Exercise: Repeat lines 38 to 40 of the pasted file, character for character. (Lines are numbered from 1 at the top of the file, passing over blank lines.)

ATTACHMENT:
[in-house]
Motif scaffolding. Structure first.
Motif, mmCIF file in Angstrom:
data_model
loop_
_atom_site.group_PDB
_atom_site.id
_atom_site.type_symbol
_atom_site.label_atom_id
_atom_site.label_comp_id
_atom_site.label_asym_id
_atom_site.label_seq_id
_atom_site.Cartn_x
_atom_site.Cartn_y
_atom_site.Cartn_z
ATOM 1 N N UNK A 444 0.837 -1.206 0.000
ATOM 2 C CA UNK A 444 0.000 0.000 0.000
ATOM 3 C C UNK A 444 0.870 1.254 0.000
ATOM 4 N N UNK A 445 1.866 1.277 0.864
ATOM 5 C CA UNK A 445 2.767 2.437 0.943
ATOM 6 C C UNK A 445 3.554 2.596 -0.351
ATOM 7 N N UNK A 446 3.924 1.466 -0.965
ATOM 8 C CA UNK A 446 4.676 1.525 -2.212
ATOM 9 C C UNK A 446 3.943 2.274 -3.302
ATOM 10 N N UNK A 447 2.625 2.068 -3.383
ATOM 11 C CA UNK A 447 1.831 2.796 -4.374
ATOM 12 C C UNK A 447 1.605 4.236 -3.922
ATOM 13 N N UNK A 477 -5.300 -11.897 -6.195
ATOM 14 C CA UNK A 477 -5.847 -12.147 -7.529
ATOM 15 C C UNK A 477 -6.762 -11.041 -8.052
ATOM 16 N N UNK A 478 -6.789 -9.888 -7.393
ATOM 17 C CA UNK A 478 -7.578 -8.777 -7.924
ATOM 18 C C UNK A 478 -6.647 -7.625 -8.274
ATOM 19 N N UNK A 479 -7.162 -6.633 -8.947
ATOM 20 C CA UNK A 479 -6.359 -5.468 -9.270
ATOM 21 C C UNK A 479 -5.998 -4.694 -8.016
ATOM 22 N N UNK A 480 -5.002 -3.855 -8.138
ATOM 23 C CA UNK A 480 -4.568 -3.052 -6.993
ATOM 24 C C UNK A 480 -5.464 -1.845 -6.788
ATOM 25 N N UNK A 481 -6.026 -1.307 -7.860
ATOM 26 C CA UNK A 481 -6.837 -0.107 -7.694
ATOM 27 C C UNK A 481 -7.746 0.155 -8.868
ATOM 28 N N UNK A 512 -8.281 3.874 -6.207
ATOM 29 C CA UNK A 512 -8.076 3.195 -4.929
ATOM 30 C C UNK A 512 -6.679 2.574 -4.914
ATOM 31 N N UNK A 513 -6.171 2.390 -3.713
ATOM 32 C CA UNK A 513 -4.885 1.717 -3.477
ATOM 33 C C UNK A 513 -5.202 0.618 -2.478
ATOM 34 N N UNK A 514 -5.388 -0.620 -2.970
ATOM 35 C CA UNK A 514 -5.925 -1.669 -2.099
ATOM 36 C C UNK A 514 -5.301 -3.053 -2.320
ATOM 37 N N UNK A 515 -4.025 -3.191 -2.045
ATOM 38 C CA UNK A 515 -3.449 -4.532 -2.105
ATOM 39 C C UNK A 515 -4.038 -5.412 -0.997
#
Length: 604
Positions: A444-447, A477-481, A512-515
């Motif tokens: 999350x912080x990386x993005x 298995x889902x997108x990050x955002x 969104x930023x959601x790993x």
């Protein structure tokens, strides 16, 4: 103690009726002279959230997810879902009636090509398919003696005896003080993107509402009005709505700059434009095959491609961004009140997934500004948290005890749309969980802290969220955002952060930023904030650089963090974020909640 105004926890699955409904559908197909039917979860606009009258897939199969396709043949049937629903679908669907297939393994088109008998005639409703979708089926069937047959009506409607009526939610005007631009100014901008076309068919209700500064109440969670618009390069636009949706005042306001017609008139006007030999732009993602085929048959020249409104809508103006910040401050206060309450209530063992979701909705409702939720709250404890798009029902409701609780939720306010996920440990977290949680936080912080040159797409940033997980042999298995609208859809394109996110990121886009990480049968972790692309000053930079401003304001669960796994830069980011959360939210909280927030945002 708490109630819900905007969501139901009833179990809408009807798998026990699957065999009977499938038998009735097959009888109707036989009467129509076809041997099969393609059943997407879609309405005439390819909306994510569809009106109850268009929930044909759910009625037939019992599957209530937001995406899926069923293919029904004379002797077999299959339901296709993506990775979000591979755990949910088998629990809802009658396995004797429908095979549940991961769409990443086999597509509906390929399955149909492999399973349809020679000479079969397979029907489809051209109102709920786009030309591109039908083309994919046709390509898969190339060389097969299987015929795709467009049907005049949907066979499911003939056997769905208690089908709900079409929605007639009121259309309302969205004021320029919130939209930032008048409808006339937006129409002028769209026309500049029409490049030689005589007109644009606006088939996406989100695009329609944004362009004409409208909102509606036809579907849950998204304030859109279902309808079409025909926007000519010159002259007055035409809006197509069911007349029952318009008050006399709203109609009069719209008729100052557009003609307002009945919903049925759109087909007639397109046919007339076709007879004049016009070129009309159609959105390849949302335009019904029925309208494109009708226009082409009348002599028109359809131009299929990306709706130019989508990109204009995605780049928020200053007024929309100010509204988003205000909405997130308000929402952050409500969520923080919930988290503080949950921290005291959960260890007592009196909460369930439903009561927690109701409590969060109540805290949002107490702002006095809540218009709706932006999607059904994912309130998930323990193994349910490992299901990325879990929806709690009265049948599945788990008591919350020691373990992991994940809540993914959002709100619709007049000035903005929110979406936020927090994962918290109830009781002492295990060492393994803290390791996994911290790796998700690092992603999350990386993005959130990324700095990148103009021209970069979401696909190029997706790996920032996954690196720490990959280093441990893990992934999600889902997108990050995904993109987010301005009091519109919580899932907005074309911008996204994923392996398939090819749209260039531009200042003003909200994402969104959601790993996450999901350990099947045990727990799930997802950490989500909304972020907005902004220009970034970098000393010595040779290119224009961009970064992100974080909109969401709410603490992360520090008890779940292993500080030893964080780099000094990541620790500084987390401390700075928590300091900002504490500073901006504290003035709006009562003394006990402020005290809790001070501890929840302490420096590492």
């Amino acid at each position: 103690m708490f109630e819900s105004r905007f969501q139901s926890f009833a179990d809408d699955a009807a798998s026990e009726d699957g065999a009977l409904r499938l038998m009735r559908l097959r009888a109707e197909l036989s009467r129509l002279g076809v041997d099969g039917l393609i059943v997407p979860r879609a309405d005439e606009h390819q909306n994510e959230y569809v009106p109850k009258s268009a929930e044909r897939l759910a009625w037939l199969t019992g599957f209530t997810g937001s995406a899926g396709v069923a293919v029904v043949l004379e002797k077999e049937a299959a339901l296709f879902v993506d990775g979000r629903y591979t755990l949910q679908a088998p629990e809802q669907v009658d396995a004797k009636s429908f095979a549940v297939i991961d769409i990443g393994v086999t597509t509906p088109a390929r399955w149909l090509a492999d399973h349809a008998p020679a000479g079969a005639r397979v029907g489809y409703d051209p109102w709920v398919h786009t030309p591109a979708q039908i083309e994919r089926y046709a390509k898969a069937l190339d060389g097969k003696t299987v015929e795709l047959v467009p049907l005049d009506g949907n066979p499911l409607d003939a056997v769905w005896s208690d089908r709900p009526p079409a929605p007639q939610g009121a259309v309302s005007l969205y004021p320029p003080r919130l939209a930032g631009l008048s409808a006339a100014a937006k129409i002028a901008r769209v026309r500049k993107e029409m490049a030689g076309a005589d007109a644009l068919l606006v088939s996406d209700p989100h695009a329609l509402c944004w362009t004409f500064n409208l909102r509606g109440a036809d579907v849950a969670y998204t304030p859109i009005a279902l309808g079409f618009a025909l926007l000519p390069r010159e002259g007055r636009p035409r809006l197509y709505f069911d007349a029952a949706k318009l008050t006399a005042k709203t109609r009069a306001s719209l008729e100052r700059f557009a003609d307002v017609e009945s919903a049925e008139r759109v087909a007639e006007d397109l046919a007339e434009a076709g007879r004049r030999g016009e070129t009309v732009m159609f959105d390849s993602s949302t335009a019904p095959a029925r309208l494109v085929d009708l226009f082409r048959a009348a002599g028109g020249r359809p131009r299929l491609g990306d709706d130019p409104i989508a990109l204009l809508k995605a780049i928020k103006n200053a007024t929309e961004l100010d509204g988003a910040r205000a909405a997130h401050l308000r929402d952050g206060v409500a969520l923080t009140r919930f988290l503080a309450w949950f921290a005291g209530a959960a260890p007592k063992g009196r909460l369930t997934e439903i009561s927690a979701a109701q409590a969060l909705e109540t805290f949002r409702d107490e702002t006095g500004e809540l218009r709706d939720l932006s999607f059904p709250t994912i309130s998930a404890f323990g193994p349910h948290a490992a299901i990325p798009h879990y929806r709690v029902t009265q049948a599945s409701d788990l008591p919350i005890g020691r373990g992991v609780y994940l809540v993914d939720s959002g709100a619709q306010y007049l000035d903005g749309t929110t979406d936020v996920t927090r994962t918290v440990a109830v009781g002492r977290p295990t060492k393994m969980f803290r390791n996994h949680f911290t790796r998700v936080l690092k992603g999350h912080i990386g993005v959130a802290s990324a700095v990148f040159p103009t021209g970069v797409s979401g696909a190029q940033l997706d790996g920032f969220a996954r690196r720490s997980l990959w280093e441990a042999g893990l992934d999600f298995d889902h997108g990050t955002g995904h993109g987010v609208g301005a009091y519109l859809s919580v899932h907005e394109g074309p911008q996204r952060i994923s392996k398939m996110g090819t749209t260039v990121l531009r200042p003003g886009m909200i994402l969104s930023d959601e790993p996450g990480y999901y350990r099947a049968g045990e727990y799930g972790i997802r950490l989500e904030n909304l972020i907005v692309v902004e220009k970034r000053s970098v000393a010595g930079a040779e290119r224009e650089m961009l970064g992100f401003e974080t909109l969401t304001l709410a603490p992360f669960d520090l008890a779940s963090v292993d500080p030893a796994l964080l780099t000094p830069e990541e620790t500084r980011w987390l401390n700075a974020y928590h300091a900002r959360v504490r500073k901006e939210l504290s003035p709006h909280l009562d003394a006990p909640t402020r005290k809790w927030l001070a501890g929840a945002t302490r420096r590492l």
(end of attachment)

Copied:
ATOM 23 C CA UNK A 480 -4.568 -3.052 -6.993
ATOM 24 C C UNK A 480 -5.464 -1.845 -6.788
ATOM 25 N N UNK A 481 -6.026 -1.307 -7.860